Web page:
|gana f. (Noun) "desire" Likely conserving a now-archaic sense of ganar meaning "to covet" or "to desire."|
|ganado (1) (Adjective) "earned" 10th cent. From ganar.|
|ganado (2) m. (Noun) "herd," "livestock," "cattle" 12th cent. Developed from a sense of earnings or won wealth, especially prevalent in antiquity when ganar likely meant to win spoils or booty. From ganado (1).|
|ganar (Verb) "to win," "to gain" 10th cent. According to RAE and Corominas (1983) putatively from an unattested Gothic word *ganan "to covet;" or according to Roberts (2014), from Gothic *ganô "eagerness." I am yet to find supporters among Germanicists for these theories.|
10th cent. From Late Latin cattus 'id.' The voicing of Latin /k/ to Spanish /g/ is unexplained.
Borrowed from an Afro-Asiatic source (compare Coptic klít "cat").
Listed by Tibón (1988) as a particularly ancient nickname for physically-gifted individuals who showed agility and reflexes like a cat; then later it fossilized into the surnames Gato, Gatón, and Gata.
Romance: Western Vulgar Latin: Asturian gatu, Portuguese gato, Galician gato, Catalan gat, French chat, Italian gatto; Eastern Vulgar Latin: Aromanian cãtushe, Romanian cătușă; Sardinian: batuThe shound shift of /k/ to /g/ did not affect c-initial words in Latin, so we are left with the question of whence the g- in gato? Considering cognates in Catalan gat and Italian gatto, we could reconstruct a Vulgar Latin variant *gattus but this looks unmotivated. A loan from another language into Spanish is phonologically fine, but at odds with the historical record.
"general;" (f.) "general's wife"
13th cent. From Latin generalis 'id.' From genus "class (of people)," "birth" (see género for further etymology) with adjective-forming suffix -alis (see -al (2)).
The use of generala to indicate "general's wife" instead of "general" is due to the profession of general being exclusive to men. Only recently may the feminized word refer to a general.
Romance: Western Vulgar Latin: Portuguese general, Catalan general, French général, Italian generale; Eastern Vulgar Latin: Romanian general
14th cent. From Latin genus 'id.'
From Proto-Italic *gen- "race," "offspring." From Proto-Indo-European *ǵenh1- 'id.,' but likely originally a verb "to birth." See also gente, germen.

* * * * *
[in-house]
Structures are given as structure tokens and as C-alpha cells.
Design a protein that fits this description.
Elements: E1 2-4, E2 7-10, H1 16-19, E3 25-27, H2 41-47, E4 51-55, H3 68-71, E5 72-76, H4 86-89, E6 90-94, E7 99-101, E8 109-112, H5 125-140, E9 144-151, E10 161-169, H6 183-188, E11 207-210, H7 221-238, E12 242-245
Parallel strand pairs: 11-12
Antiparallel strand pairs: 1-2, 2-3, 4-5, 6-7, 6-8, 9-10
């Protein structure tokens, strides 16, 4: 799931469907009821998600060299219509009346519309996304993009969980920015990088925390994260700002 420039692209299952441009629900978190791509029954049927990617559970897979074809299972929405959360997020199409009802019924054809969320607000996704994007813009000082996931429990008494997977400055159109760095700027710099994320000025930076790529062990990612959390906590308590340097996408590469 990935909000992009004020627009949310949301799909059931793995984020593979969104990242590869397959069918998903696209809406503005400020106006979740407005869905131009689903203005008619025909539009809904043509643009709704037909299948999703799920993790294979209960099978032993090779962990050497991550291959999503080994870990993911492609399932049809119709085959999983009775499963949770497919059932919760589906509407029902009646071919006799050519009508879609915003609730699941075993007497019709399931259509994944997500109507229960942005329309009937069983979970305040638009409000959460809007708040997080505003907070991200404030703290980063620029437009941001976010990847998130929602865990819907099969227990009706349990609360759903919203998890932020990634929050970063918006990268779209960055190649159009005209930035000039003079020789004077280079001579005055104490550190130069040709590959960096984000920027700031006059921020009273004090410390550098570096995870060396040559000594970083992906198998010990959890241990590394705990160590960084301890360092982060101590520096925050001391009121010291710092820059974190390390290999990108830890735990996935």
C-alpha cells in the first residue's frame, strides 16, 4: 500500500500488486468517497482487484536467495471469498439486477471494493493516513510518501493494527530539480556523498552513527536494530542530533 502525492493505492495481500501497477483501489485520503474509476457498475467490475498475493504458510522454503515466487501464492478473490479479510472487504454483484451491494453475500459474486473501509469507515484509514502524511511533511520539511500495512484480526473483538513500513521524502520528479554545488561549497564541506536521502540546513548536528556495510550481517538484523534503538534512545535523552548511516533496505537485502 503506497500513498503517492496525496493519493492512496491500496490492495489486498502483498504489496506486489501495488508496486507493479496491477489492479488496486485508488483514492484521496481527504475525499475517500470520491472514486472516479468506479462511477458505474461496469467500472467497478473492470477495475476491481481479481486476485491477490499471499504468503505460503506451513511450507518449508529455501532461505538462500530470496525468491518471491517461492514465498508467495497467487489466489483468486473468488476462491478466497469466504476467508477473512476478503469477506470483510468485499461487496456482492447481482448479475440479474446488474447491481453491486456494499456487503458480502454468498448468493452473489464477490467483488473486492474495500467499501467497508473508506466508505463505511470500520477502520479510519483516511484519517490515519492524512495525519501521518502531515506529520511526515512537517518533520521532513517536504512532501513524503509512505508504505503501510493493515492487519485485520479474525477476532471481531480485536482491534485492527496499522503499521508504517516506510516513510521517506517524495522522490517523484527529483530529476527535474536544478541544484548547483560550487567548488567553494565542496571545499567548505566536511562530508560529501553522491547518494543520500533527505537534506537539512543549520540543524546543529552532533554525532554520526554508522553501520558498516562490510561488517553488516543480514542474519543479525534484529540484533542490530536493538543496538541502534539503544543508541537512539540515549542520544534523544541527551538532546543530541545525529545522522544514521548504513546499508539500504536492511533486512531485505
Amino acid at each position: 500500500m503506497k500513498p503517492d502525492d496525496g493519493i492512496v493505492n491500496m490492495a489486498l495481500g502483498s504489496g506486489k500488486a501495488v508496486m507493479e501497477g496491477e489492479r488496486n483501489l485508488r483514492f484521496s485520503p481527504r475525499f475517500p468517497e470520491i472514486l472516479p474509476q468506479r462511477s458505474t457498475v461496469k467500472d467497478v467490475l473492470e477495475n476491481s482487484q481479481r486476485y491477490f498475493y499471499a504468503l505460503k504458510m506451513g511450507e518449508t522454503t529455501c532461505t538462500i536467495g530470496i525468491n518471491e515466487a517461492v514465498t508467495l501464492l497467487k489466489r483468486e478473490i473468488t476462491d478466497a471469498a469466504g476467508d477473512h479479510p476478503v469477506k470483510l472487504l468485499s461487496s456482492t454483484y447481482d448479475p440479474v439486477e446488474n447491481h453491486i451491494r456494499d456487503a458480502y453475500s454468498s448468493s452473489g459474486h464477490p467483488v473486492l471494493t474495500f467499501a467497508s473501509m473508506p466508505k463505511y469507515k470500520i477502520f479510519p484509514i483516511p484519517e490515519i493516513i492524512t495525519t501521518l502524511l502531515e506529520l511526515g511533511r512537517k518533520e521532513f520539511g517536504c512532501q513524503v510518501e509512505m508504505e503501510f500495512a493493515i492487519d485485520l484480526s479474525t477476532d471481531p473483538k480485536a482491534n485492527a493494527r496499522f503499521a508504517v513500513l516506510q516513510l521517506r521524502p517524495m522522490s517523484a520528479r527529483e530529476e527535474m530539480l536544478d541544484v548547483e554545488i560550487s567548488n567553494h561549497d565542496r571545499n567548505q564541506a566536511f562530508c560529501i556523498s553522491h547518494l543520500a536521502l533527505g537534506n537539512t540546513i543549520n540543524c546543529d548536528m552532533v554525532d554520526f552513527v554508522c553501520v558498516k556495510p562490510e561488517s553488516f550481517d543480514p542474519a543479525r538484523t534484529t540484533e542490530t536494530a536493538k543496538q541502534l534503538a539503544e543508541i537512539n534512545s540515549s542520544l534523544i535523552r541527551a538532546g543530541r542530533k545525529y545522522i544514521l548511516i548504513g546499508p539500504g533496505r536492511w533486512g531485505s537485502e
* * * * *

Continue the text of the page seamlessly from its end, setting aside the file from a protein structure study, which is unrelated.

Romance: Western Vulgar Latin: Portuguese gênero, French genre, Italian genere; Eastern Vulgar Latin: Romanian gen
Indo-European: Celtic: Gaulish Cintu-genus "firstborn," Old Irish Éogan, 2nd/3rd cent. king of Munster, Old Welsh Morgen "sea-born" (not related to the modern Welsh name Morgan, from Old Welsh Morcanth), Old Breton gen "race;" Hellenic: Ancient Greek γένος (génos) "race;" Armenian: cin "birth;" Indo-Iranian: Sanskrit jánas- "race"
From Latin genialis "marital," but also "festive." From genius "guardian spirit" and -alis (see genio (2) and -al (2) respectively).
Romance: Western Vulgar Latin: Portuguese genial, Catalan genial, French génial, Italian geniale
Originally meaning "personality" (16th cent.). The modern meanings date to the 19th cent. From Latin genius "wit," "talent." Earlier meaning was as a source of strength, and before that as the spirit of a people - which begat a second meaning in Latin of a guardian spirit (see genio (2). From gens "clan," "household" (see gente).
Romance: Western Vulgar Latin: Portuguese génio, Catalan geni, French génie, Italian genio; Eastern Vulgar Latin: Romanian geniu
|genio (2) m. (Noun) "Genius;" "angel," "divine figure" From Latin genius "guardian spirit." The modern sense of genio as a divine figure is taken from artistic representations of the Roman genius in art. Earlier meaning a source of strength, before that the spirit of a people - which begat a second meaning in Latin of a guardian spirit (see quote below). From gens "clan," "household" (see gente). "The worship of the Genius [the guardian spirit] was a remarkable part of the religion of the Romans; they having derived it from the Tuscans, in whose system it formed a prominent feature. The word Genius is evidently a translation of a Tuscan term, signifying Generator, and the Genius was therefore viewed as a deity who had the power of producing...When a local genius made himself visible, he appeared in the form of a serpent, that is, the symbol of renovation, or of new life. In works of art, the genii are usually represented as winged beings; an on Roman monuments, a genius usually appears as a youth dressed in toga, with a patera or cornucopia in his hand, and having his head covered. The genius of a place is represented in the form of a serpent eating fruit placed before him." M. A. Dwight, Grecian and Roman Mythology (1849)|